Volvo CE says that, depending on market demand, it brings the possibility to convert existing customers’ L120H wheeled loaders to electric in the future. With a US$7.8 million investment from Volvo Group, a new production facility will be built at the Changwon plant in South Korea. This facility will produce a wide range of common electric storage solutions (battery packs) for Volvo Group and become a core competence centre for electric excavators.
The company also recently announced a plan to upgrade its Arvika factory in Sweden which produces the firm’s medium and large wheeled loaders. The $6.3 million investment from Volvo Group will allow for the production of electric wheel loaders at Arvika, while the firm has plans to build electric haulers at its facility in Braås, Sweden. Arvika will erect a new building, approximately 1,500m2, which will allow the facility to free up areas inside its assembly factory to build electric wheeled loaders. While it has not yet been announced which models will begin their electric transformation and exactly when, production of both electric wheeled loaders and conventional ICE wheeled loaders will continue for now on the same production line. Volvo CE says it will ensure a phased introduction model by model, taking into account all aspects of the electric ecosystem, including infrastructure requirements, charging solutions, battery handling and business models.
Some firms are taking the prospects of hydrogen as a fuel for ICE units very seriously.
Hyundai Doosan Infracore (HDI) is aiming to mass produce internal combustion engines (ICE) that use hydrogen as fuel in 2025. The firm is unveiling its prototype ICE power unit that runs on hydrogen in 2023, with full-scale testing planned for 2024, to be followed by full-scale mass production in 2025.
The firm has completed the design of its hydrogen ICE unit, an 11litre class engine that produces a power output of 300kW and a torque of 1700Nm at 2,000rpm. It meets the Tier 5/Stage 5/Euro 7 regulations which require the emissions to be 90% reduced to the current level to meet Zero CO2 (below 1g/kWh) and Zero Impact Emission (Zero Emission in EU).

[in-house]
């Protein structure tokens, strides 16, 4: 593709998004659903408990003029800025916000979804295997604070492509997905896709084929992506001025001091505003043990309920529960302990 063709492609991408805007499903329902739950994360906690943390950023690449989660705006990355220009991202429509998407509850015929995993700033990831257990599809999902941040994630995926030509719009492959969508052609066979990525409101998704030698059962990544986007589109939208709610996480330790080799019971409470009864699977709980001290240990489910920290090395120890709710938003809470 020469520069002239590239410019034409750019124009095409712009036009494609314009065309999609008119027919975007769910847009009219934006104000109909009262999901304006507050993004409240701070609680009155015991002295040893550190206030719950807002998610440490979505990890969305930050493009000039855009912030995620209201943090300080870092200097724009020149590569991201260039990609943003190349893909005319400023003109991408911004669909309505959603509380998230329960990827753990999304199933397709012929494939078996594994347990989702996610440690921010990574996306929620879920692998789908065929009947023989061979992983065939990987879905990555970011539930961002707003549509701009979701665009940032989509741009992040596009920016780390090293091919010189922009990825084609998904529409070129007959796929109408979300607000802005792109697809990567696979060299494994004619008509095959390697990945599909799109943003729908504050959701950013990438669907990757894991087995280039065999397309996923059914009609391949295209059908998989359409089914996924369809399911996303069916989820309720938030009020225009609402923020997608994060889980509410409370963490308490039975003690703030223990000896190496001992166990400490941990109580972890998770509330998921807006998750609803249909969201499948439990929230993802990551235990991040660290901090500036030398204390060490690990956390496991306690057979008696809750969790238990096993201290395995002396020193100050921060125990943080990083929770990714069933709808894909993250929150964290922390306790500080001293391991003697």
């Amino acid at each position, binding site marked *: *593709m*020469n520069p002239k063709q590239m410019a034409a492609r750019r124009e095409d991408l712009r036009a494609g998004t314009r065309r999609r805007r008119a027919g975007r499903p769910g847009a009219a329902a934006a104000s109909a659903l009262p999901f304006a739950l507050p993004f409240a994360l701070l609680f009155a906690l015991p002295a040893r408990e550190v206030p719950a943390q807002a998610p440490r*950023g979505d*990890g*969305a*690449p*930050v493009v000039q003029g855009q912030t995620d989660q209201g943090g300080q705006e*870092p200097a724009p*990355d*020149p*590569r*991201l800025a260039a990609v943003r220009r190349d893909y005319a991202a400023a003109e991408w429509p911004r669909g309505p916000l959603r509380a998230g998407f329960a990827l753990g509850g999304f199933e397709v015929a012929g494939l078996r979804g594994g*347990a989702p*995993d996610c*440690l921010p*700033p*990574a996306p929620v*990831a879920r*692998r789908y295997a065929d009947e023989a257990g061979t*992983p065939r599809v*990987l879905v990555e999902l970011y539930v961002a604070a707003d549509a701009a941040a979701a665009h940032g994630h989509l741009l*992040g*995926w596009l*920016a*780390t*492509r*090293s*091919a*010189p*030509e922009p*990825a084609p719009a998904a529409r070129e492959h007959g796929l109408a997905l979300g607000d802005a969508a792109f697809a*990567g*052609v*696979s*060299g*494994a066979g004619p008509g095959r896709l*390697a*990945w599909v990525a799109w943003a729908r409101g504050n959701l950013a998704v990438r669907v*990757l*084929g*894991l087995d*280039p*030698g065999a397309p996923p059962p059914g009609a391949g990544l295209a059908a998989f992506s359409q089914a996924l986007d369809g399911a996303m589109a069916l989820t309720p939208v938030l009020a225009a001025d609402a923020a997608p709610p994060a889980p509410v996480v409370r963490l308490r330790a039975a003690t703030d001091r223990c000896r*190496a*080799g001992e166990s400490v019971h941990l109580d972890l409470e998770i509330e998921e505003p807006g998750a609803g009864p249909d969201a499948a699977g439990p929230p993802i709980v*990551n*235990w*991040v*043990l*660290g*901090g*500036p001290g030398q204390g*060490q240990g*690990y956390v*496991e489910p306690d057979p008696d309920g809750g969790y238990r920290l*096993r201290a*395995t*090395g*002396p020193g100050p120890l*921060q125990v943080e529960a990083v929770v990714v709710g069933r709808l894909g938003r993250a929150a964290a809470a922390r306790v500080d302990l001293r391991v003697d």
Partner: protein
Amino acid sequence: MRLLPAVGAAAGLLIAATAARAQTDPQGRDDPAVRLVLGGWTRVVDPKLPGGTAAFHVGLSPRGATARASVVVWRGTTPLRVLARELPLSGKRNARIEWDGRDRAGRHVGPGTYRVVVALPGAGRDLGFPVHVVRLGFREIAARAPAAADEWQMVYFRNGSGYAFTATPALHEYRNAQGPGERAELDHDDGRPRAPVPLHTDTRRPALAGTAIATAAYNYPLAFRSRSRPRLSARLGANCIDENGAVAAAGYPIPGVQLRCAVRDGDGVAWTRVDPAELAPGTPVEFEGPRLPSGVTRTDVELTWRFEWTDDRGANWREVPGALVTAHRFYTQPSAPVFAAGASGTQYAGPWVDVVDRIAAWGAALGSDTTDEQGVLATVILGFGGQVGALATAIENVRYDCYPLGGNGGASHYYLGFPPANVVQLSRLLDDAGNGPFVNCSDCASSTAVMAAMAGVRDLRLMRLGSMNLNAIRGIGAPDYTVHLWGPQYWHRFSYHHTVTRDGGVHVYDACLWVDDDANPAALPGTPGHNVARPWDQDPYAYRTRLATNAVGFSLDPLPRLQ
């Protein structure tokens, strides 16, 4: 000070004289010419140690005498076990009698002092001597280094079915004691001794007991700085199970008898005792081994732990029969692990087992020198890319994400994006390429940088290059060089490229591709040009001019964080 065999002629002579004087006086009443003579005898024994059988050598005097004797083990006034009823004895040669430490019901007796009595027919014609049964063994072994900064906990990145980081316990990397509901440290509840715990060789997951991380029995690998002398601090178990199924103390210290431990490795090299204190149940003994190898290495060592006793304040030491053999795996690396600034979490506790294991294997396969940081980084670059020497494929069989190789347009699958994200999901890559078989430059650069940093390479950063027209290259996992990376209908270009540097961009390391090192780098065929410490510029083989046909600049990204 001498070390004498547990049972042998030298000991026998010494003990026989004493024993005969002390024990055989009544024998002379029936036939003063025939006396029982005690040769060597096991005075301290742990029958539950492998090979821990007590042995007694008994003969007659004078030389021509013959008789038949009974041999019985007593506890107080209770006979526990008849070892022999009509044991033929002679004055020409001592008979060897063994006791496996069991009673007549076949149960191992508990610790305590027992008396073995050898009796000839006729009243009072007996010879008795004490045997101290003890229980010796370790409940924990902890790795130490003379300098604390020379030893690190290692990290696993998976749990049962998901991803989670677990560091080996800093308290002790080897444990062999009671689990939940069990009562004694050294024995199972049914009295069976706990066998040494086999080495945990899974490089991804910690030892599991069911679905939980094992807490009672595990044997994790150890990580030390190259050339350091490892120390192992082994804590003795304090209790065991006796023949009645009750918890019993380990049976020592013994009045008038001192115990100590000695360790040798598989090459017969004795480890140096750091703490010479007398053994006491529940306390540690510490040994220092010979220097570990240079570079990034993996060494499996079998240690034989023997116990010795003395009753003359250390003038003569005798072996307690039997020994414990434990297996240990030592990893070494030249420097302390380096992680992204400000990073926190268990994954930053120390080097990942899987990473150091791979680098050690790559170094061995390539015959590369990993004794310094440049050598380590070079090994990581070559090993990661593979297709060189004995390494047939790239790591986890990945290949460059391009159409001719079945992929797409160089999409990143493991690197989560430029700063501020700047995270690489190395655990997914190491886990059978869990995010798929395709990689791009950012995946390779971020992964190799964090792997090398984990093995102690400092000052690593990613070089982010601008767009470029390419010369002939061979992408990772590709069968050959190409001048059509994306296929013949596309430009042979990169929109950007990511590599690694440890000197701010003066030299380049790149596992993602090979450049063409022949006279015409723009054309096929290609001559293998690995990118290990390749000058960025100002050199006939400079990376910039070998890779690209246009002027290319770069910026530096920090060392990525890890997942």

Liebherr won an innovation award at the bauma exhibition in Germany for its 50tonne R9XX H2 prototype excavator, built at its Colmar facility. The machine is powered by an IC engine modified to run on hydrogen. This clean burning concept produces mostly water vapour from the tailpipe while the CO2 emissions profile of the machine from manufacturing to decommissioning are estimated to be around 70% lower than for a conventional machine.
The special H966 power unit was developed at the firm’s Liebherr Machines engine facility in Switzerland and uses conventional technology adapted for the purpose. The port fuel injection (PFI) and direct injection (DI) systems are said to ensure efficient combustion. Series production of the Liebherr hydrogen-fuelled engines is scheduled to commence in 2025. The H966 engine features six cylinders and a four-cylinder H964 unit is in development.
JCB is investing £100 million on a project to produce efficient hydrogen engines. A team of 100 engineers is already working on the development with the recruitment of up to 50 more engineers under way. The firm has unveiled an IC engine that runs on hydrogen as well as a prototype backhoe loader and telehandler and will be offering construction machines using this as fuel on the market in the near future.
Cummins is now moving ahead with its hydrogen-fuelled, internal combustion engine (H2-ICE) development programme. The firm is working on a medium-duty 6.7litre engine and a heavy-duty 15litre engine that will be fuelled by hydrogen. The new hydrogen engines will be able to operate with zero carbon emissions, while delivering high power density and improved thermal efficiency.
The engine development work will be accelerated after receiving a £7.2 million funding award from the UK Government provided through the Advanced Propulsion Centre (APC). This has recognised the potential for H2-ICE to play a major role in decarbonising commercial trucks and construction equipment from 2025 onward.
Designated as the APC18 BRUNEL Project, the technical readiness work will expand on Cummins’ experience from its existing H2-ICE programme and recent testing. Planned development of the 6.7litre hydrogen engine will focus on medium-duty applications including construction machinery, such as excavators and wheeled loaders.
Cummins partnership with hydrogen storage specialist NPROXX adds an important resource in terms of integrating the hydrogen engine, with the high-pressure gas tanks and supply lines installed on the vehicle or equipment.